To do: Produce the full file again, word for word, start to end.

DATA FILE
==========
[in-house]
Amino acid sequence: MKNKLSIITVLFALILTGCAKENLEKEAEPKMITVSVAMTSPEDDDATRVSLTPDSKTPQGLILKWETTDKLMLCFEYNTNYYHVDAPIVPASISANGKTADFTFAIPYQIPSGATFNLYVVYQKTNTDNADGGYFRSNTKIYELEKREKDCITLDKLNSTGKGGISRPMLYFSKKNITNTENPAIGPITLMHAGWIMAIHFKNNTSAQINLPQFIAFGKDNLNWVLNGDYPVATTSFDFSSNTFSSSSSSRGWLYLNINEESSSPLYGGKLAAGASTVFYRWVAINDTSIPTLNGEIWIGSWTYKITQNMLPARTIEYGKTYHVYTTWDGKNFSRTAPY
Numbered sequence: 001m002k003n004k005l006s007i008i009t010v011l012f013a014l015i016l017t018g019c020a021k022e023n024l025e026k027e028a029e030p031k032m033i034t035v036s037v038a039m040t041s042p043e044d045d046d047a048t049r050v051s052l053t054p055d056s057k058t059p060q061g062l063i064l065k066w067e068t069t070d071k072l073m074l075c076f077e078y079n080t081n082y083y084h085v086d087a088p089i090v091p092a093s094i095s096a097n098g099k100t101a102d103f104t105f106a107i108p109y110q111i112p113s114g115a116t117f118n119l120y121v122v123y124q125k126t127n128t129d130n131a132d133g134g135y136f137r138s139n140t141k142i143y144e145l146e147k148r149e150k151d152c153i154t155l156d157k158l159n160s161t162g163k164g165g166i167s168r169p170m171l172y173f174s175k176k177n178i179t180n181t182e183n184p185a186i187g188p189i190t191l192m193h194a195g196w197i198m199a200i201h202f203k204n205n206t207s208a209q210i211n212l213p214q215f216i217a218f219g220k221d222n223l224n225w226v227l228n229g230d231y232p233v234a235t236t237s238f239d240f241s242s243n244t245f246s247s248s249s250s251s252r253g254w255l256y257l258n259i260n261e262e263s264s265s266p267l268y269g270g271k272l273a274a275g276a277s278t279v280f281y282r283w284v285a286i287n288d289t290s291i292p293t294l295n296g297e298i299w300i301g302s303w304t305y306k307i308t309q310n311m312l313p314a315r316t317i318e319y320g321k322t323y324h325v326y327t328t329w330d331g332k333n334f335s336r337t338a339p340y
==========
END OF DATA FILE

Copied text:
[in-house]
Amino acid sequence: MKNKLSIITVLFALILTGCAKENLEKEAEPKMITVSVAMTSPEDDDATRVSLTPDSKTPQGLILKWETTDKLMLCFEYNTNYYHVDAPIVPASISANGKTADFTFAIPYQIPSGATFNLYVVYQKTNTDNADGGYFRSNTKIYELEKREKDCITLDKLNSTGKGGISRPMLYFSKKNITNTENPAIGPITLMHAGWIMAIHFKNNTSAQINLPQFIAFGKDNLNWVLNGDYPVATTSFDFSSNTFSSSSSSRGWLYLNINEESSSPLYGGKLAAGASTVFYRWVAINDTSIPTLNGEIWIGSWTYKITQNMLPARTIEYGKTYHVYTTWDGKNFSRTAPY
Numbered sequence: 001m002k003n004k005l006s007i008i009t010v011l012f013a014l015i016l017t018g019c020a021k022e023n024l025e026k027e028a029e030p031k032m033i034t035v036s037v038a039m040t041s042p043e044d045d046d047a048t049r050v051s052l053t054p055d056s057k058t059p060q061g062l063i064l065k066w067e068t069t070d071k072l073m074l075c076f077e078y079n080t081n082y083y084h085v086d087a088p089i090v091p092a093s094i095s096a097n098g099k100t101a102d103f104t105f106a107i108p109y110q111i112p113s114g115a116t117f118n119l120y121v122v123y124q125k126t127n128t129d130n131a132d133g134g135y136f137r138s139n140t141k142i143y144e145l146e147k148r149e150k151d152c153i154t155l156d157k158l159n160s161t162g163k164g165g166i167s168r169p170m171l172y173f174s175k176k177n178i179t180n181t182e183n184p185a186i187g188p189i190t191l192m193h194a195g196w197i198m199a200i201h202f203k204n205n206t207s208a209q210i211n212l213p214q215f216i217a218f219g220k221d222n223l224n225w226v227l228n229g230d231y232p233v234a235t236t237s238f239d240f241s242s243n244t245f246s247s248s249s250s251s252r253g254w255l256y257l258n259i260n261e262e263s264s265s266p267l268y269g270g271k272l273a274a275g276a277s278t279v280f281y282r283w284v285a286i287n288d289t290s291i292p293t294l295n296g297e298i299w300i301g302s303w304t305y306k307i308t309q310n311m312l313p314a315r316t317i318e319y320g321k322t323y324h325v326y327t328t329w330d331g332k333n334f335s336r337t338a339p340y